Kobe Shinbun NEXT reports that kimono instructor Beni Isoyama is using a multipurpose space decorated with sake-making equipment and licensed to sell sake in Nishinomiya, Hyogo Prefecture, as a wedding venue.
Family and friends can enjoy a kagami-biraki barrel-breaking ceremony, newlyweds can take the three-three-nine sips of sake that form part of a traditional wedding, and lots commemorative photos surrounded by sake barrels at the Hakutaka Rokusuien, run by the Hakutaka brewery.
Isoyama points out that sake was originally considered sacred, and so is well suited to formal occasions. She regularly dresses brides for weddings and is fond of the interior décor at Rokusuien, which is done in the image of an old brewer’s home. She points out that it’s also highly photogenic.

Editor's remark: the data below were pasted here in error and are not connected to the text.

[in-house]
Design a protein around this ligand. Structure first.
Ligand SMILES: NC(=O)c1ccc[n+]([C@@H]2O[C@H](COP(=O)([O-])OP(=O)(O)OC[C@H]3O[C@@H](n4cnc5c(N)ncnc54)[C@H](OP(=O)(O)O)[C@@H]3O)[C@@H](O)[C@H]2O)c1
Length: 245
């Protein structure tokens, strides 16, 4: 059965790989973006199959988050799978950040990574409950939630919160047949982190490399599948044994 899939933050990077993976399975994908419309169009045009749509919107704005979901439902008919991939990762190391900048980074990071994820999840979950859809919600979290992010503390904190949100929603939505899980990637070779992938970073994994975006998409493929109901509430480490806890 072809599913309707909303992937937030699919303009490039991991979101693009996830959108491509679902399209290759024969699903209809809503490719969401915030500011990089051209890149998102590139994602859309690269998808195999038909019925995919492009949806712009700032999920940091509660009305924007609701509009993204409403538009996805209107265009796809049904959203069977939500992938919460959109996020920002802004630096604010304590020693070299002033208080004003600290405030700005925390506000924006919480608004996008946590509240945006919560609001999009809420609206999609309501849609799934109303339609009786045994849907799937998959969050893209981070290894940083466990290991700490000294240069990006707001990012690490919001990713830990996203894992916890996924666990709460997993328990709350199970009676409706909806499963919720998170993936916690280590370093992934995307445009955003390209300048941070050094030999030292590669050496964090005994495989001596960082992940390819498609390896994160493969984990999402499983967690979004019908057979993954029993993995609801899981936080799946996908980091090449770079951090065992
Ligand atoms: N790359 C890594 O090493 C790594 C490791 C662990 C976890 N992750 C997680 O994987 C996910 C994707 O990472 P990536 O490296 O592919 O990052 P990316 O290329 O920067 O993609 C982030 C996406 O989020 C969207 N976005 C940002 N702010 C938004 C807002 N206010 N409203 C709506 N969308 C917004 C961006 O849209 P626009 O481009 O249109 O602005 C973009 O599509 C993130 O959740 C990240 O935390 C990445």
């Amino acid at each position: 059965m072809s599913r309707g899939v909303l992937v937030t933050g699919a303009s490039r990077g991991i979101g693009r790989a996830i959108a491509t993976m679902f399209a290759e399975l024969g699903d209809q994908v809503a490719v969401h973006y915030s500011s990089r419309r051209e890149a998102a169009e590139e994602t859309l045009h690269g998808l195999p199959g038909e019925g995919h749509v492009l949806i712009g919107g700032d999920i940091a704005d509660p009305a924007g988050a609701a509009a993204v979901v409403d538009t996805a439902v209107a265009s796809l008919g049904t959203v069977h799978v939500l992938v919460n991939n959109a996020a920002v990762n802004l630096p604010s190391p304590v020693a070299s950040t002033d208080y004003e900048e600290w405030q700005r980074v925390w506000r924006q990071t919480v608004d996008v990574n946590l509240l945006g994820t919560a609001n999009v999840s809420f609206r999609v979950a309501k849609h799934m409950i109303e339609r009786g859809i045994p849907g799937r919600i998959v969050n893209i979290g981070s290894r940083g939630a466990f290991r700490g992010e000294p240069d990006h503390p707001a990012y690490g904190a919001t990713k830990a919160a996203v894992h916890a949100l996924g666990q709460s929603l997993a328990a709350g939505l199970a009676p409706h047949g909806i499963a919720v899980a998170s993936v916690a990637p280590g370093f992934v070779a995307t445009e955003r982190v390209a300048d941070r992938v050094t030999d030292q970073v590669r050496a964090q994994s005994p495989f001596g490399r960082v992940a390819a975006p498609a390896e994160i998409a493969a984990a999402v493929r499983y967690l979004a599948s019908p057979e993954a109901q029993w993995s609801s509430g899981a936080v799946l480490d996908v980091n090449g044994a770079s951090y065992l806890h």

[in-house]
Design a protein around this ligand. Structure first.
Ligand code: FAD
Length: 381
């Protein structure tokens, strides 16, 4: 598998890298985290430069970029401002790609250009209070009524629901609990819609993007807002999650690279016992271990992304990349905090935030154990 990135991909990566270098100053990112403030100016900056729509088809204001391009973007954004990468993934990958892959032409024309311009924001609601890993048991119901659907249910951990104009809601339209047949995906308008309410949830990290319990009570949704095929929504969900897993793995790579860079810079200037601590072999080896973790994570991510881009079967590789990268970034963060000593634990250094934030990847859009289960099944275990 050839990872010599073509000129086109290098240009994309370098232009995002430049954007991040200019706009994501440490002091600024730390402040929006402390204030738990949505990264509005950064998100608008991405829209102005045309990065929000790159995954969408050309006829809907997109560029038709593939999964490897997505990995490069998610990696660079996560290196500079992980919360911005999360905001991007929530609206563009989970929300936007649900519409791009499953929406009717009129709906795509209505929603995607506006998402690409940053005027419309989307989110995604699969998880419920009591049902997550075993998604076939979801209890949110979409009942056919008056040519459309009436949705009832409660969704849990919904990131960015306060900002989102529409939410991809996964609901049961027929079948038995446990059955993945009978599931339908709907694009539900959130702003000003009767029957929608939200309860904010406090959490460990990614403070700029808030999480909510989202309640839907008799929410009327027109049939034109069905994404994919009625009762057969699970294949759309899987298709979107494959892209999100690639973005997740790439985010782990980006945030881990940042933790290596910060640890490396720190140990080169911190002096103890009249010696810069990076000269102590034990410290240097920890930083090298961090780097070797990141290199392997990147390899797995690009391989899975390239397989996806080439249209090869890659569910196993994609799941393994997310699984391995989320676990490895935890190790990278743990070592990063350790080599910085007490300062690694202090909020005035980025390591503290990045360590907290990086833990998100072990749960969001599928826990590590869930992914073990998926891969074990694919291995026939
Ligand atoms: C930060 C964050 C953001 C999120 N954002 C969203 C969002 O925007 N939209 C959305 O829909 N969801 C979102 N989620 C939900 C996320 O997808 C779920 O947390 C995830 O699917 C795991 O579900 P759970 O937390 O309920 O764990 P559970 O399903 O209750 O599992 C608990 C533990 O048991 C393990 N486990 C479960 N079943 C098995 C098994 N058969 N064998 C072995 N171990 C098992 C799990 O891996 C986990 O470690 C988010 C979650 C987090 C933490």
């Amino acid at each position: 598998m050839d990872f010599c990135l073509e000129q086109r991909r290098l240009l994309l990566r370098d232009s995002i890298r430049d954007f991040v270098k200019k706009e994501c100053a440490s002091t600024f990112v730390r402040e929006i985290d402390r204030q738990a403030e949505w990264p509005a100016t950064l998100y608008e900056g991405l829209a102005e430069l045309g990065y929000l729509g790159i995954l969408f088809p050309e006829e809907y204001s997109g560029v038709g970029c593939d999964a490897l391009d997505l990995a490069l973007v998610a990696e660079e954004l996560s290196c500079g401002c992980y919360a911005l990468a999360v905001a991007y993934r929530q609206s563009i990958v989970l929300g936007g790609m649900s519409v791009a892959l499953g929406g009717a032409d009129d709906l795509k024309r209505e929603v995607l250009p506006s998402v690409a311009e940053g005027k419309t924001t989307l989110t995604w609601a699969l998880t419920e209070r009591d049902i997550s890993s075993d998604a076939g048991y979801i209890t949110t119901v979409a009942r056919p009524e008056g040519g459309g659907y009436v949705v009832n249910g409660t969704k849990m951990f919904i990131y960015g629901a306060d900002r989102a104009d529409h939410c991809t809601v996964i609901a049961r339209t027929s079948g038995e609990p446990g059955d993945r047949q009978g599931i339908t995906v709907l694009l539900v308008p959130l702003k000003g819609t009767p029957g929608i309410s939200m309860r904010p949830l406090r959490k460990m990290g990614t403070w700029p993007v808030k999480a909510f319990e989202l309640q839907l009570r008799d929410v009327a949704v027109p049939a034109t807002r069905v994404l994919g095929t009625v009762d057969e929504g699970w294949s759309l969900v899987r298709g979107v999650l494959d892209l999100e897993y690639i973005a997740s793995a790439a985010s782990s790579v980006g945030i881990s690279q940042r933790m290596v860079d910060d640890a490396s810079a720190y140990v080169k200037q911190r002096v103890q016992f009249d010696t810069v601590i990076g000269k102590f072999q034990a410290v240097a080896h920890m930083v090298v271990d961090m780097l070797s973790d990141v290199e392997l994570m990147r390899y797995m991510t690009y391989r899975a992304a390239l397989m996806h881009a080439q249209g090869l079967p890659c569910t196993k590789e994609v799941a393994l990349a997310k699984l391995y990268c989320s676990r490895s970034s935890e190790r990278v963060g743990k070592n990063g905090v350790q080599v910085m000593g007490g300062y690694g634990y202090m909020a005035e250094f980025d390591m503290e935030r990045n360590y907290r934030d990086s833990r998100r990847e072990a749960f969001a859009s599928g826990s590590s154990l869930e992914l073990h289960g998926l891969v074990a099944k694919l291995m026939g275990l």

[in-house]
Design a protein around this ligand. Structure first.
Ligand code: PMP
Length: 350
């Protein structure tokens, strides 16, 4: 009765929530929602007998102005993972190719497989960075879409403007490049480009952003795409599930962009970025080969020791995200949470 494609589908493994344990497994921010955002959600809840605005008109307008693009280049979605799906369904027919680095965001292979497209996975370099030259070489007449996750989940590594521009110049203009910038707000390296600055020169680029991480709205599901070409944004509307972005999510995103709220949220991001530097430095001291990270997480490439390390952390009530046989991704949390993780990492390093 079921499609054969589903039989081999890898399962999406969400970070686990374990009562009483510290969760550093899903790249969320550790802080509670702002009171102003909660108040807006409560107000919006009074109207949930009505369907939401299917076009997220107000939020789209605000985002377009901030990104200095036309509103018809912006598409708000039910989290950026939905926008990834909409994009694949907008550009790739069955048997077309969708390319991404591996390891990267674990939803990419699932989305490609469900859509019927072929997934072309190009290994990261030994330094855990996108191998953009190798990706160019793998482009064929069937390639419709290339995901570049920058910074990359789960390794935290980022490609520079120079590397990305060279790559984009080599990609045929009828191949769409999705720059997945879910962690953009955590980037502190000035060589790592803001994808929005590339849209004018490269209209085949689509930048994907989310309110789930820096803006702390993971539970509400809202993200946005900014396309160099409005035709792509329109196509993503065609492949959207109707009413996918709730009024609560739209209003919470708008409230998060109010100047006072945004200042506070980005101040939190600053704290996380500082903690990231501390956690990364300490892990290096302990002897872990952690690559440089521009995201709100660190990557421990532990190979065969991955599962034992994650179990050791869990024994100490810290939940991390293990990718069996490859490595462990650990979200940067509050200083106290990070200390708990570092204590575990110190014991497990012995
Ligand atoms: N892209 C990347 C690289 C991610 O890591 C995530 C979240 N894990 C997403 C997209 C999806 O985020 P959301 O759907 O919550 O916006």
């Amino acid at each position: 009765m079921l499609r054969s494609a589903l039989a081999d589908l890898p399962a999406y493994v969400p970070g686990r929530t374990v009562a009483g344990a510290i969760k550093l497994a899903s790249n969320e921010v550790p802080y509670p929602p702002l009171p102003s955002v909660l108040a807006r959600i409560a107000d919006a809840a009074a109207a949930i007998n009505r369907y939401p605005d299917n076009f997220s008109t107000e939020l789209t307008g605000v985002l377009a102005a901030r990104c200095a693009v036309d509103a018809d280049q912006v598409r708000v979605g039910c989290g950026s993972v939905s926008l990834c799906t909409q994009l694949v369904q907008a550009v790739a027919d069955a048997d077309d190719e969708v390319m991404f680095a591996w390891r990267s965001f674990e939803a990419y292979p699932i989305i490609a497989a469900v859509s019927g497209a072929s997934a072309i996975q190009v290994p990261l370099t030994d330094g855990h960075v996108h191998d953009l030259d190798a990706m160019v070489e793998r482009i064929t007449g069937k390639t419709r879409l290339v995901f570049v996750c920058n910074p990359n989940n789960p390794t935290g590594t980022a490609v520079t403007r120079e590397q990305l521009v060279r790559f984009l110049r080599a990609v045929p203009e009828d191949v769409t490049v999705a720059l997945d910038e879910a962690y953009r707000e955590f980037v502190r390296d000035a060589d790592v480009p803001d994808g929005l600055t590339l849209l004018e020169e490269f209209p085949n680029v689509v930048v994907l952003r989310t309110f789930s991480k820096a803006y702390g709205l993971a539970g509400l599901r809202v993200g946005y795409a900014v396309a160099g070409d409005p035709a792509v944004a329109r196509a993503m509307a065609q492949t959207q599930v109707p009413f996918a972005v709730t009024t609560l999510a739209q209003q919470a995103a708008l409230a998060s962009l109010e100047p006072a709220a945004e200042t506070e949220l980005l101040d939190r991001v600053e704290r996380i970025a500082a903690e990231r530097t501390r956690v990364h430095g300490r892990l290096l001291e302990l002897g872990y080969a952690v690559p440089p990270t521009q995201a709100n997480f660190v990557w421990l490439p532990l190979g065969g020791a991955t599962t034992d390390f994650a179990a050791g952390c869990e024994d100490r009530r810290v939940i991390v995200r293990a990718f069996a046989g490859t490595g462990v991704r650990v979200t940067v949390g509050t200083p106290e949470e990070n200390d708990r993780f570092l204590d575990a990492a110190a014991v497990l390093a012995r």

She was already friends with the “producer” of Rokusuien, Sumiko Tastuuma, who when asked to allow the space to be used for weddings replied that she’d be delighted if it helped the younger generation come to appreciate sake.
The hall is licensed for civil marriage ceremonies, and can hold up to 40 people. Catering is provided by the on-site restaurant, Tokyo Chikuyotei Nishinomiya. There are sake barrels, sake serving vessels and other items on display, plus a tea room.